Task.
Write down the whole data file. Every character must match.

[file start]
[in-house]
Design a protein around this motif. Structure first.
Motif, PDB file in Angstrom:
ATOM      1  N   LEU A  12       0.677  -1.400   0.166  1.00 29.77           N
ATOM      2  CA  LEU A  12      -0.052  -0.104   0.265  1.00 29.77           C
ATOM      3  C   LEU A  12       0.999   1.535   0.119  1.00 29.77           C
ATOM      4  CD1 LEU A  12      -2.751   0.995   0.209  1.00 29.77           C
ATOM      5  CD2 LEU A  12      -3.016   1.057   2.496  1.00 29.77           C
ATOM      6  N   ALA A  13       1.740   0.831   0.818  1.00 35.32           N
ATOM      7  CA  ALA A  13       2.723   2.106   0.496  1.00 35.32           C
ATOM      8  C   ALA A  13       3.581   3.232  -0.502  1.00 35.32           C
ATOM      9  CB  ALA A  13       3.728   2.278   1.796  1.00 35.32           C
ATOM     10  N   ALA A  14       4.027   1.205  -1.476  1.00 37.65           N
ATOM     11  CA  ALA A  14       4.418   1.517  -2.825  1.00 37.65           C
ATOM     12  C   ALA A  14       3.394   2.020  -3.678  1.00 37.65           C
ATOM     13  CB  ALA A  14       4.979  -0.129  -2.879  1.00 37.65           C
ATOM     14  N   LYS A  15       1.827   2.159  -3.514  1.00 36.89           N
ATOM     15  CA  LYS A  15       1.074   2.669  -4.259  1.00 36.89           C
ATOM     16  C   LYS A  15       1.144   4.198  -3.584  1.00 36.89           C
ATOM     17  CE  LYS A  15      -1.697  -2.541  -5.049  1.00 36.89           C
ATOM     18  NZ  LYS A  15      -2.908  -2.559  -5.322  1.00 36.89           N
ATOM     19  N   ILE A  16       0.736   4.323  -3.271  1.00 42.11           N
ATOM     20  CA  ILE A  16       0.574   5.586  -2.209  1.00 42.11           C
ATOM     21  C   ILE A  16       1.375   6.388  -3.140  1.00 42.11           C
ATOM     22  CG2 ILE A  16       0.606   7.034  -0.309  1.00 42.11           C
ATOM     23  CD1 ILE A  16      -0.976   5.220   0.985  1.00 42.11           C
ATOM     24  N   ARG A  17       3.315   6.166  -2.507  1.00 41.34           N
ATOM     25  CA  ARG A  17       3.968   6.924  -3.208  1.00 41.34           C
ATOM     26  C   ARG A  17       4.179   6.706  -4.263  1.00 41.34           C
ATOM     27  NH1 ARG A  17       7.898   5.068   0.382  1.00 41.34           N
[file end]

[in-house]
Design a protein around this motif. Structure first.
Motif, PDB file in Angstrom:
ATOM      1  N   LEU A  12       0.677  -1.400   0.166  1.00 29.77           N
ATOM      2  CA  LEU A  12      -0.052  -0.104   0.265  1.00 29.77           C
ATOM      3  C   LEU A  12       0.999   1.535   0.119  1.00 29.77           C
ATOM      4  CD1 LEU A  12      -2.751   0.995   0.209  1.00 29.77           C
ATOM      5  CD2 LEU A  12      -3.016   1.057   2.496  1.00 29.77           C
ATOM      6  N   ALA A  13       1.740   0.831   0.818  1.00 35.32           N
ATOM      7  CA  ALA A  13       2.723   2.106   0.496  1.00 35.32           C
ATOM      8  C   ALA A  13       3.581   3.232  -0.502  1.00 35.32           C
ATOM      9  CB  ALA A  13       3.728   2.278   1.796  1.00 35.32           C
ATOM     10  N   ALA A  14       4.027   1.205  -1.476  1.00 37.65           N
ATOM     11  CA  ALA A  14       4.418   1.517  -2.825  1.00 37.65           C
ATOM     12  C   ALA A  14       3.394   2.020  -3.678  1.00 37.65           C
ATOM     13  CB  ALA A  14       4.979  -0.129  -2.879  1.00 37.65           C
ATOM     14  N   LYS A  15       1.827   2.159  -3.514  1.00 36.89           N
ATOM     15  CA  LYS A  15       1.074   2.669  -4.259  1.00 36.89           C
ATOM     16  C   LYS A  15       1.144   4.198  -3.584  1.00 36.89           C
ATOM     17  CE  LYS A  15      -1.697  -2.541  -5.049  1.00 36.89           C
ATOM     18  NZ  LYS A  15      -2.908  -2.559  -5.322  1.00 36.89           N
ATOM     19  N   ILE A  16       0.736   4.323  -3.271  1.00 42.11           N
ATOM     20  CA  ILE A  16       0.574   5.586  -2.209  1.00 42.11           C
ATOM     21  C   ILE A  16       1.375   6.388  -3.140  1.00 42.11           C
ATOM     22  CG2 ILE A  16       0.606   7.034  -0.309  1.00 42.11           C
ATOM     23  CD1 ILE A  16      -0.976   5.220   0.985  1.00 42.11           C
ATOM     24  N   ARG A  17       3.315   6.166  -2.507  1.00 41.34           N
ATOM     25  CA  ARG A  17       3.968   6.924  -3.208  1.00 41.34           C
ATOM     26  C   ARG A  17       4.179   6.706  -4.263  1.00 41.34           C
ATOM     27  NH1 ARG A  17       7.898   5.068   0.382  1.00 41.34           N